The EU is promoting hydrogen as one of its fuels of choice to propel the region off of fossil fuels.
As reported in Bloomberg News, “The European Union said the hydrogen industry will benefit from stimulus packages to revive the economies of its member states which have been hit hard by the coronavirus pandemic. Using hydrogen will also accelerate the energy transition and help reach the bloc’s goal of becoming carbon neutral by 2050.”
Hydrogen fuel has long been used for rockets, cars, trains, boats and airplanes. But it is not without its drawbacks. Hydrogen is difficult, particularly in cars, because it is hard to store in a high pressure or cryogenic tank. It is also very combustible, something which is made even more dangerous given that it can easily leak out. Explosions have been reported at some hydrogen filling stations.
Nevertheless, the EU is hip on its potential. A pair of French companies, Engie SA and Air Liquide SA, are putting forward a proposal to build solar farms big enough to power 450,000 homes with enough electricity left over to produce hydrogen by electrolyzing water. Their project, called HyGreen Provence, plans to take its hydrogen and sell it to refineries and chemicals makers helping them reduce their greenhouse emissions.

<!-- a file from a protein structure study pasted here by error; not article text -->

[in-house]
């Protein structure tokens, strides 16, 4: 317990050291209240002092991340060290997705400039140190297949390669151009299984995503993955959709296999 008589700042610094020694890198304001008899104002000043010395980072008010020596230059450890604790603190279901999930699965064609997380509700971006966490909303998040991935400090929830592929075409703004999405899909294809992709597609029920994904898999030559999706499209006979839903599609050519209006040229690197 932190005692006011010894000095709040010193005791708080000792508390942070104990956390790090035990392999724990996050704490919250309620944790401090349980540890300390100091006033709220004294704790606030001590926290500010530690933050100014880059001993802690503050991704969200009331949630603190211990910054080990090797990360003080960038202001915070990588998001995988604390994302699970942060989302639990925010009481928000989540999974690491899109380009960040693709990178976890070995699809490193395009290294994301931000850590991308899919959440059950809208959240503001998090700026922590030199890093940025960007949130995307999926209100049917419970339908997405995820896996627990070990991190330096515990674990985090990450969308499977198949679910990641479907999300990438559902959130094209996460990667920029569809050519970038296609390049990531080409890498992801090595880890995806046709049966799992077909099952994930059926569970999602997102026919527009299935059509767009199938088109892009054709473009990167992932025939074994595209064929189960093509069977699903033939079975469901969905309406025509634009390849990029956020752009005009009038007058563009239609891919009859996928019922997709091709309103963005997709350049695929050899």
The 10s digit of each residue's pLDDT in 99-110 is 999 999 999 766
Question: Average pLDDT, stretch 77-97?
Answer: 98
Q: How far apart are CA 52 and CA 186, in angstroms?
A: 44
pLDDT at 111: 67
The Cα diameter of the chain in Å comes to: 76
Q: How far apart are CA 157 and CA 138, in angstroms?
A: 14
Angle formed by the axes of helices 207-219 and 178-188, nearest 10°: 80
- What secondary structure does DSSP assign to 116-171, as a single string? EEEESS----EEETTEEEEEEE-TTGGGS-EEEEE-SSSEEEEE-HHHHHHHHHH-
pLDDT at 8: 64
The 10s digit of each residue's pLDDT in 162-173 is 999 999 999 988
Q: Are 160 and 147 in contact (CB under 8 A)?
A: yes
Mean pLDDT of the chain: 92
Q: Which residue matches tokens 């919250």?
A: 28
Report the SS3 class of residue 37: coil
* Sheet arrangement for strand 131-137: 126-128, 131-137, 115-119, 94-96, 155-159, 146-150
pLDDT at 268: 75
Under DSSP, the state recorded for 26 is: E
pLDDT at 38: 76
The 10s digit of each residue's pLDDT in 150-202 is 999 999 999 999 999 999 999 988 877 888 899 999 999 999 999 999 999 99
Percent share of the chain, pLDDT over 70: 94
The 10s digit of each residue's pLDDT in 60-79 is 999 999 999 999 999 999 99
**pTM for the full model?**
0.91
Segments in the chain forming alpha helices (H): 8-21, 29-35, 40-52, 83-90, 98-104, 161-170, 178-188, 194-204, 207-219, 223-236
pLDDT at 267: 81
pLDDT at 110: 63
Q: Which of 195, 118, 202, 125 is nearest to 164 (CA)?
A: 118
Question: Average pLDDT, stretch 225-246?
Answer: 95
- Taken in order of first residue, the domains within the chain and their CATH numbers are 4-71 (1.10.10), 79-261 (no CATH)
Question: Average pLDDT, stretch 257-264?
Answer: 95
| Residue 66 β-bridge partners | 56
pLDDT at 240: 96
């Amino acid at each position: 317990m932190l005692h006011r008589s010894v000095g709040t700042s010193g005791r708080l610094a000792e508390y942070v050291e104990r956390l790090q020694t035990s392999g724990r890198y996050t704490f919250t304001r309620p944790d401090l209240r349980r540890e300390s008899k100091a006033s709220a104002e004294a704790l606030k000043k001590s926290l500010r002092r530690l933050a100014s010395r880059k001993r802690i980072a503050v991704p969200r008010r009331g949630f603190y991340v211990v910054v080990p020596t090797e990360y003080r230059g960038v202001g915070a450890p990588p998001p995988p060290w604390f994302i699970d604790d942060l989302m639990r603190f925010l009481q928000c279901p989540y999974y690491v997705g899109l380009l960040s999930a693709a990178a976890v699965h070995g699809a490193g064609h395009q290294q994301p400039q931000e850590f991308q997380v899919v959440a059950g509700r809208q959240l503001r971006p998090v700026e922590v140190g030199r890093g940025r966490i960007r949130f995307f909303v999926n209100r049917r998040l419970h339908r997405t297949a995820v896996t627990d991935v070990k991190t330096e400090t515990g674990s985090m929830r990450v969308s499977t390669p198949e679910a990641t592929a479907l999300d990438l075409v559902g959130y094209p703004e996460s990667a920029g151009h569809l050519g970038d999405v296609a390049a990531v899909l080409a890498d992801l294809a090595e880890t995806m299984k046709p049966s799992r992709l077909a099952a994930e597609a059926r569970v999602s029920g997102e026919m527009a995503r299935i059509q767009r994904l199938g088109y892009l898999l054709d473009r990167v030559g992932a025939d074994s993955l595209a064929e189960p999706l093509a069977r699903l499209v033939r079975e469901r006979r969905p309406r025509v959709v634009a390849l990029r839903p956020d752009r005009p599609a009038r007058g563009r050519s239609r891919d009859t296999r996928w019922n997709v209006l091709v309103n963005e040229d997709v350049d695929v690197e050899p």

Again, as detailed in Bloomberg:
The HyGreen Provence project would produce renewable hydrogen on a much bigger scale than anywhere else, and trim CO2 emissions that come from the refining and petrochemical complex. The French industrial sector uses about 1 million tons of hydrogen each year, and the government would like between 20% to 40% of this to be carbon-free by 2028.
But the companies need government subsidies to do it. While producing so-called green hydrogen, which is done using water electrolysis and emits no CO2, it costs about three times as much as steam methane reforming — a process used by refiners which does produce the greenhouse gas.
Will hydrogen ultimately prove to be a good energy bet? Time will tell. It certainly has potential, but free market analysts say they are skeptical of such government initiatives that create artificial markets to achieve political ends. They note these usually end in disaster – which unfortunately in the case of hydrogen is already connected to one of the worst disasters in history: The Hindenburg.
For more information, you can read the original article in Bloomberg News HERE.